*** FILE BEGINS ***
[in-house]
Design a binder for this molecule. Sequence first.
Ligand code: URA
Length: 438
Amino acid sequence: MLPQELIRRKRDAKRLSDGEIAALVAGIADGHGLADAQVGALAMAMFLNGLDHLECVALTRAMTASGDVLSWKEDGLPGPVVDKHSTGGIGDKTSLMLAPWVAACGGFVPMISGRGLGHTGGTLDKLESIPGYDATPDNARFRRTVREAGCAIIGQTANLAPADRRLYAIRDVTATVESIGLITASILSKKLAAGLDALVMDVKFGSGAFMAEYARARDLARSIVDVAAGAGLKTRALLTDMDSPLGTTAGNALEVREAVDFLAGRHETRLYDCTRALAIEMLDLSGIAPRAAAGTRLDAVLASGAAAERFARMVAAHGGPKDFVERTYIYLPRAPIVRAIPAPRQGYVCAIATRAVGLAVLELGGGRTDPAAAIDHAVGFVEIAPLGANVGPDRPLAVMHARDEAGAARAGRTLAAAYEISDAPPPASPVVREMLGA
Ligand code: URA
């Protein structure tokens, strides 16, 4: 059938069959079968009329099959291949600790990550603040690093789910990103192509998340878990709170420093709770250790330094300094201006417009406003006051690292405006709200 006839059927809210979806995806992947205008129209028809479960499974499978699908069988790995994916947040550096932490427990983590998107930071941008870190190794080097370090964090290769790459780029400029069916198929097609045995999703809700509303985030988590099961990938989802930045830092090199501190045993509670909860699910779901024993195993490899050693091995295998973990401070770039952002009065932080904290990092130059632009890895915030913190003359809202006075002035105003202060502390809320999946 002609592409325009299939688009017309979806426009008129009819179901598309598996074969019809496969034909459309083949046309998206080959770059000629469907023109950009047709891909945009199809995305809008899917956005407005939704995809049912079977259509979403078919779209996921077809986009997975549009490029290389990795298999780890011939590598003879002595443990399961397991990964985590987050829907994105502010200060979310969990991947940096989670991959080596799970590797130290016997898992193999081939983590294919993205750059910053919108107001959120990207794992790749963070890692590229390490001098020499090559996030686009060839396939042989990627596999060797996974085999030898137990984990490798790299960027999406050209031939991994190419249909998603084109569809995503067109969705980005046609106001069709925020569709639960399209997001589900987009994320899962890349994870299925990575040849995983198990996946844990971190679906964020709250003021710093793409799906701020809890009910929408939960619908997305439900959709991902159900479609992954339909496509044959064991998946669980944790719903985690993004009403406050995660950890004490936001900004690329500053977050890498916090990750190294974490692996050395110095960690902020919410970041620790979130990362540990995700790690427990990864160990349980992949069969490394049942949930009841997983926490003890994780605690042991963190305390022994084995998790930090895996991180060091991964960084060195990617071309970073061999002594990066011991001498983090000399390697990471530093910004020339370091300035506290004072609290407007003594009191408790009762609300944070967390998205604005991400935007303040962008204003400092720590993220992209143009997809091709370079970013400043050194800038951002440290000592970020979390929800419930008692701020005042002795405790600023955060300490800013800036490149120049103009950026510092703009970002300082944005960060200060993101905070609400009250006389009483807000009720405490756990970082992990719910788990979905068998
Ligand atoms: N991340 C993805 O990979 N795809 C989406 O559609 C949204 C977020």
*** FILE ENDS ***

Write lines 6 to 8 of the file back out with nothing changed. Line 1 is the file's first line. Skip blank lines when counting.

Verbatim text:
Ligand code: URA
């Protein structure tokens, strides 16, 4: 059938069959079968009329099959291949600790990550603040690093789910990103192509998340878990709170420093709770250790330094300094201006417009406003006051690292405006709200 006839059927809210979806995806992947205008129209028809479960499974499978699908069988790995994916947040550096932490427990983590998107930071941008870190190794080097370090964090290769790459780029400029069916198929097609045995999703809700509303985030988590099961990938989802930045830092090199501190045993509670909860699910779901024993195993490899050693091995295998973990401070770039952002009065932080904290990092130059632009890895915030913190003359809202006075002035105003202060502390809320999946 002609592409325009299939688009017309979806426009008129009819179901598309598996074969019809496969034909459309083949046309998206080959770059000629469907023109950009047709891909945009199809995305809008899917956005407005939704995809049912079977259509979403078919779209996921077809986009997975549009490029290389990795298999780890011939590598003879002595443990399961397991990964985590987050829907994105502010200060979310969990991947940096989670991959080596799970590797130290016997898992193999081939983590294919993205750059910053919108107001959120990207794992790749963070890692590229390490001098020499090559996030686009060839396939042989990627596999060797996974085999030898137990984990490798790299960027999406050209031939991994190419249909998603084109569809995503067109969705980005046609106001069709925020569709639960399209997001589900987009994320899962890349994870299925990575040849995983198990996946844990971190679906964020709250003021710093793409799906701020809890009910929408939960619908997305439900959709991902159900479609992954339909496509044959064991998946669980944790719903985690993004009403406050995660950890004490936001900004690329500053977050890498916090990750190294974490692996050395110095960690902020919410970041620790979130990362540990995700790690427990990864160990349980992949069969490394049942949930009841997983926490003890994780605690042991963190305390022994084995998790930090895996991180060091991964960084060195990617071309970073061999002594990066011991001498983090000399390697990471530093910004020339370091300035506290004072609290407007003594009191408790009762609300944070967390998205604005991400935007303040962008204003400092720590993220992209143009997809091709370079970013400043050194800038951002440290000592970020979390929800419930008692701020005042002795405790600023955060300490800013800036490149120049103009950026510092703009970002300082944005960060200060993101905070609400009250006389009483807000009720405490756990970082992990719910788990979905068998
Ligand atoms: N991340 C993805 O990979 N795809 C989406 O559609 C949204 C977020």